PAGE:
UPDATE: Cunningham and Ellison land Northside council seats, unseating incumbents

   
  
   
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    Jeremiah Ellison addresses the crowd at his post-election party at New Rules on Lowry Ave. on Tuesday night.  Photo by Kenzie O’Keefe

Jeremiah Ellison addresses the crowd at his post-election party at New Rules on Lowry Ave. on Tuesday night. Photo by Kenzie O’Keefe

By Kenzie O’Keefe | Editor

Additional reporting by Staff Reporter Cirien Saadeh

Phillipe Cunningham and Jeremiah Ellison were declared the unofficial winners of the Ward 4 and Ward 5 city council races on Wednesday afternoon, November 8. Though there was no winner declared in either race on election night, both saw a path to victory.

Minneapolis uses ranked-choice voting, which asks voters to rank their top three choices for each race. If no candidate receives over 50% in the first round, the lowest-voted candidates are eliminated one at a time. Their votes are then given to the candidates who received second choice selections from those voters. As soon as someone receives over 50% of the vote, they are declared the winner.

 

WARD 5: On election night, Ellison looked likely to win by a substantial margin

Though Jeremiah Ellison hadn’t yet been declared the winner of the Ward 5 council race, the tone at his post-election party on Tuesday night, Nov. 8, was celebratory. In the first round of voting, Ellison clinched just over 47.3% of the vote. His closest competitor, incumbent council member Blong Yang lagged behind with 38.3%.  

“The numbers look good. It would be hard for Blong to come back at this point,” said Ellison on Tuesday night.

In the face of his likely loss, Yang seemed conciliatory and diplomatic. Ellison said he received a “really gracious” call from Yang, congratulating him on the outcome. Down the street at his own post-election gathering at Banana Blossom Café and Bakery, Yang told North News: "I've been campaigning for a year. I'm glad that it's done. It's not looking good but we'll see. Tomorrow I'll rest, take care of my council duties and then I'll go from there."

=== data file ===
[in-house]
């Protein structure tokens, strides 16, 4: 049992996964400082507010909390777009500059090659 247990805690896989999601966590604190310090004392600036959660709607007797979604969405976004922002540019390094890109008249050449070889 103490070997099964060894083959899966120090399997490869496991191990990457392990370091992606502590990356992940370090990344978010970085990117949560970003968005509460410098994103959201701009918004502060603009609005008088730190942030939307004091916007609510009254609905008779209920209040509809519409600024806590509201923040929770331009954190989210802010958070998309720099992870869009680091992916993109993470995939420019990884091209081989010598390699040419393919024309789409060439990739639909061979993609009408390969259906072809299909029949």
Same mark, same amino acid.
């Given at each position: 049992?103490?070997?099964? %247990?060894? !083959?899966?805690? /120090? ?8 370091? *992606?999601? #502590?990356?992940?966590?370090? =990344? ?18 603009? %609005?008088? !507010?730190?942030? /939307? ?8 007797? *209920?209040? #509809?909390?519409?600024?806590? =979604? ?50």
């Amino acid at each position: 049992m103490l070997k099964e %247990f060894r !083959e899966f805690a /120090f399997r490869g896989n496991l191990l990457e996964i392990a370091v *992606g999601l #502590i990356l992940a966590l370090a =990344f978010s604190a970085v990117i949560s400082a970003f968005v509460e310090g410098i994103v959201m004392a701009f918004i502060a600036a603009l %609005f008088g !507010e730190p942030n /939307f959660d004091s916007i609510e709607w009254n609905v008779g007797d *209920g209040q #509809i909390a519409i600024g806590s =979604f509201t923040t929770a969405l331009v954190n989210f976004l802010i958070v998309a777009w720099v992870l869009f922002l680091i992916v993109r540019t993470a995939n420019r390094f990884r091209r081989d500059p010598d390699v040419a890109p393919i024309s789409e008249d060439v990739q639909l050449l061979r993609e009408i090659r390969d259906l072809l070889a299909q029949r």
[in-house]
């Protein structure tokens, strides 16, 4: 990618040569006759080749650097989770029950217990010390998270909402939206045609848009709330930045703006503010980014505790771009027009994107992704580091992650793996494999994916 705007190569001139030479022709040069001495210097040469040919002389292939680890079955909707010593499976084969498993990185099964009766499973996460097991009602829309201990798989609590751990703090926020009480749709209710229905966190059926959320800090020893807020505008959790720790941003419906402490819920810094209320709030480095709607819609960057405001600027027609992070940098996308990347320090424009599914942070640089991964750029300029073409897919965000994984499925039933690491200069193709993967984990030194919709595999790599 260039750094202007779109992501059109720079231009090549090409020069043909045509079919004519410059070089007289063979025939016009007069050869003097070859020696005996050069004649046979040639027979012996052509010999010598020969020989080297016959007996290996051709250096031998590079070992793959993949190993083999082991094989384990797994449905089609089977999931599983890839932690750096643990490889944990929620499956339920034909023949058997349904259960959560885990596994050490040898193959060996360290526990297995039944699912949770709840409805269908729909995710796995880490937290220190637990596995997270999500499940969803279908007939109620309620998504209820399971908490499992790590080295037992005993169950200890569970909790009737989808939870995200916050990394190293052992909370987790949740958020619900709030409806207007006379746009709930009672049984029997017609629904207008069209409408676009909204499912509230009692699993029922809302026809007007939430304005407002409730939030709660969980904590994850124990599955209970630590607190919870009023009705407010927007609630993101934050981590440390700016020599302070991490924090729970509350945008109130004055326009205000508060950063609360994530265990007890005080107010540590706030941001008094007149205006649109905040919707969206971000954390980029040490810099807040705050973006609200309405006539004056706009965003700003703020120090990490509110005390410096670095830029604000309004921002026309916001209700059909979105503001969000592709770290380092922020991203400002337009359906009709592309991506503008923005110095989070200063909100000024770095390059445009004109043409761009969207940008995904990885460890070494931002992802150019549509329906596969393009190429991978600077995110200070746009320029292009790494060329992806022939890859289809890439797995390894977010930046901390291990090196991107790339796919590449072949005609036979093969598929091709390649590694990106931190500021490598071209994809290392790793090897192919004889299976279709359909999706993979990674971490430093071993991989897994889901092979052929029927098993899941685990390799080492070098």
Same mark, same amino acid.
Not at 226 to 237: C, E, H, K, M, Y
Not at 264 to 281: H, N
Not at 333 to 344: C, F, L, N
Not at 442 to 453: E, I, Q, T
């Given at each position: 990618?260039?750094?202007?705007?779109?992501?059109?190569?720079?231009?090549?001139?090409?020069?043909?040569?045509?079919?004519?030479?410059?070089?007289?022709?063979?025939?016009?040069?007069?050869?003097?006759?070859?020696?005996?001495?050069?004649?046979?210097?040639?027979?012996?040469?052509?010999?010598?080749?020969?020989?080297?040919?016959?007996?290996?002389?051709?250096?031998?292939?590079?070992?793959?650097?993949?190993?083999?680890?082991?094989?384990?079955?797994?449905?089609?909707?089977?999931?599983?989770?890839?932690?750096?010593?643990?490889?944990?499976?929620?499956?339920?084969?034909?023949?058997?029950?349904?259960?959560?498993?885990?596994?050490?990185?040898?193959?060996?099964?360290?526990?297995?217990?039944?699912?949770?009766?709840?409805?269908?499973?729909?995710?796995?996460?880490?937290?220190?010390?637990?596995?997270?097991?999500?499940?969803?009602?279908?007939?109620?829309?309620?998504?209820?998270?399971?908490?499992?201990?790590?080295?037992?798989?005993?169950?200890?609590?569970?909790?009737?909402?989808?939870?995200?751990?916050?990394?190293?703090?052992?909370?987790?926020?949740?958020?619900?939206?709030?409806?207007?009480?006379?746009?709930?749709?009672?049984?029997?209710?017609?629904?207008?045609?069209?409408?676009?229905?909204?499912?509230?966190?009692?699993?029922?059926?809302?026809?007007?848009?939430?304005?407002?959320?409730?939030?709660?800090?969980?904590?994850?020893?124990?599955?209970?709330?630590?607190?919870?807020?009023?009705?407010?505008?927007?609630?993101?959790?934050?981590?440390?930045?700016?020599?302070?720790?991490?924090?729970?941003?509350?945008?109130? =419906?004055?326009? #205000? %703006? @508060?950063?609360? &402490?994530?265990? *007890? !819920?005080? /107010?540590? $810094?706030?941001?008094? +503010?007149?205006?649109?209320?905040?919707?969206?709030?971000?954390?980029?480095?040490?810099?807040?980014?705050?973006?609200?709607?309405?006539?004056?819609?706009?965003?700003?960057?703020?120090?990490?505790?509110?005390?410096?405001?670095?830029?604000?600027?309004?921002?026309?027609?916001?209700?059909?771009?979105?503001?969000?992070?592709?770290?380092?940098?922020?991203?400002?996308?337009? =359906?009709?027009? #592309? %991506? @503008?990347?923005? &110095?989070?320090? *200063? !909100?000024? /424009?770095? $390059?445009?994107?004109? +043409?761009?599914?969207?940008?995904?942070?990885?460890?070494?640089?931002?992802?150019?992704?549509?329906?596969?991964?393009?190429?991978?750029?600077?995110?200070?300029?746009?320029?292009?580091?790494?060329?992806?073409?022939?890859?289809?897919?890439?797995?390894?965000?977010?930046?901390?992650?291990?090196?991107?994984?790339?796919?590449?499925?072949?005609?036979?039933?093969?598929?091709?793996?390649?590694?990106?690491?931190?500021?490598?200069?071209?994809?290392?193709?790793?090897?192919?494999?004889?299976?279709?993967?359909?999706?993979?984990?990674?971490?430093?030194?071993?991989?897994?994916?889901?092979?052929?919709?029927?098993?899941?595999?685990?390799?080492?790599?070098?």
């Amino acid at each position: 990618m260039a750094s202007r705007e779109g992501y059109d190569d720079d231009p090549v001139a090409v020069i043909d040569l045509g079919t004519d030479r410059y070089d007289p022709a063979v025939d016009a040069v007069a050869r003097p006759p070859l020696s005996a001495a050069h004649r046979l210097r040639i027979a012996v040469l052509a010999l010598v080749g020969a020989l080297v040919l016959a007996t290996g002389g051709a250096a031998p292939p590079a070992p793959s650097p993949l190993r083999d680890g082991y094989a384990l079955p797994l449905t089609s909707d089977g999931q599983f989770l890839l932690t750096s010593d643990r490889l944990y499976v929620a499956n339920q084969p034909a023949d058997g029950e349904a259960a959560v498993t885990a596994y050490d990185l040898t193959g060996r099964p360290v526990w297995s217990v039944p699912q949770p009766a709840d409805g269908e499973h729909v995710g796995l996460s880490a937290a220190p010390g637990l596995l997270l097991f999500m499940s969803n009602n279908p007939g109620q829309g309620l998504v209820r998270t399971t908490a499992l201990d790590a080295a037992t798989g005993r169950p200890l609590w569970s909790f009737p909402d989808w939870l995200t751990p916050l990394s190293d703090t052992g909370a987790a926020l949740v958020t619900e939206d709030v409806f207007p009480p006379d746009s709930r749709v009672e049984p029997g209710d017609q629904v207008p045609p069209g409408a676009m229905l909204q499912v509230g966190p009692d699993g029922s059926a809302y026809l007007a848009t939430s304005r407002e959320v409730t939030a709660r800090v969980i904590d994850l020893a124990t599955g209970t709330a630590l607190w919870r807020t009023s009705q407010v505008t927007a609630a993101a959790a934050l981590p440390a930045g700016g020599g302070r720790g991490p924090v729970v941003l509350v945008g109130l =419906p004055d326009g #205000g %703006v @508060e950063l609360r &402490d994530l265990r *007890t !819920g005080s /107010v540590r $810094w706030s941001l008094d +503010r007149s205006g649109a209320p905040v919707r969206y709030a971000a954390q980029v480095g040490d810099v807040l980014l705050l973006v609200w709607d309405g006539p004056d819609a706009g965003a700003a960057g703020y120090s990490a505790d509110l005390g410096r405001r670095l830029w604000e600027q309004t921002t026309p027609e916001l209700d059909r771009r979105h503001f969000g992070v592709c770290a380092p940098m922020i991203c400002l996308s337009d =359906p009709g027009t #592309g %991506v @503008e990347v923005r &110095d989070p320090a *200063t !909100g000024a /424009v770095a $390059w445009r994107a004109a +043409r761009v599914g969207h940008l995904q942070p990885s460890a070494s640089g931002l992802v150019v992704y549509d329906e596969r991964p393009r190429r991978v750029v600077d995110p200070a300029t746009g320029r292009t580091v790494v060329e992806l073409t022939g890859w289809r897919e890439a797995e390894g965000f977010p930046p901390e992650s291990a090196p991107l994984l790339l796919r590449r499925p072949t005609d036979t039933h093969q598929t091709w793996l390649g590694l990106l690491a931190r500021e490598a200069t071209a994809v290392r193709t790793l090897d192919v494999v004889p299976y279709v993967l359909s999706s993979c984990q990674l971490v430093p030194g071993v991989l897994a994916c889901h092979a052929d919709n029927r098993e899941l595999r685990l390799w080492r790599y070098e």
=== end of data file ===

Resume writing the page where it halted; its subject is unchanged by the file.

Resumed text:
Ellison is celebrating more than just a personal victory. He spent the bulk of his post-election speech crediting many people for his success. “We sought to increase the electorate, and we certainly did that,” he said, adding that his own campaign was comprised of many people who engaged with the political process in Minneapolis for the first time.

In his post-election speech, Ellison also shared a thought from one of his favorite authors, Junot Diaz: that denying people reflections of themselves at the cultural level can make them feel like monsters. “This campaign was about building a couple of mirrors. Placing a couple of mirrors in this community so that people can see that they can govern. That they can lead. That they know what’s best. That they know what they deserve,” he told the crowd.

Ellison may technically be a political newcomer, but he is no stranger to politics. His mother, Kim Ellison, holds an at-large seat on the Minneapolis Public School Board. His father, Keith Ellison, is a US Congressman. “I’m just so excited. I’m so very proud,” Kim told North News on Tuesday night.

“He’s an Ellison. He’s a diamond in the rough. He’s going to speak a lot,” said his uncle, Anthony Ellison, who was in attendance at the party.

Georgianna Yantos, a Northside resident and DFL supporter, sat at a table at Ellison’s party, watching the results roll in with a smile on her face. “It’s what I hoped,” she said. “It’s like deja vu for me. I started with the Ellison family, supporting Keith Ellison …back in 2006.”

 Ward 4 Council Member-elect Phillipe Cunningham poses at his election night party at Corner Coffee Camden.  Photo by Cirien Saadeh

Ward 4 Council Member-elect Phillipe Cunningham poses at his election night party at Corner Coffee Camden. Photo by Cirien Saadeh

 

WARD 4: Results were too close to call on election night, but Cunningham prevailed

Incumbent city council member Barbara Johnson and her most formidable challenger in Ward 4, Phillipe Cunningham, were nearly tied after first round results were tallied on Tuesday night. Johnson landed 42.9% of the vote. Cunningham came in with 40.7%.

Cunningham didn’t want to speculate on the outcome of the race on election night, but said he felt “great” and “overwhelmed with gratitude.” Like Ellison, he credited community power for creating a more competitive race in Ward 4 than many expected. Johnson has held her seat for two decades and is the city council president. “Folks were saying this was an unwinnable race, but we’ve been focused on building power with the community,” said Cunningham.

The Johnson campaign declined North News’ request for comment on Tuesday night after the preliminary results were revealed.

Kenzie O'Keefe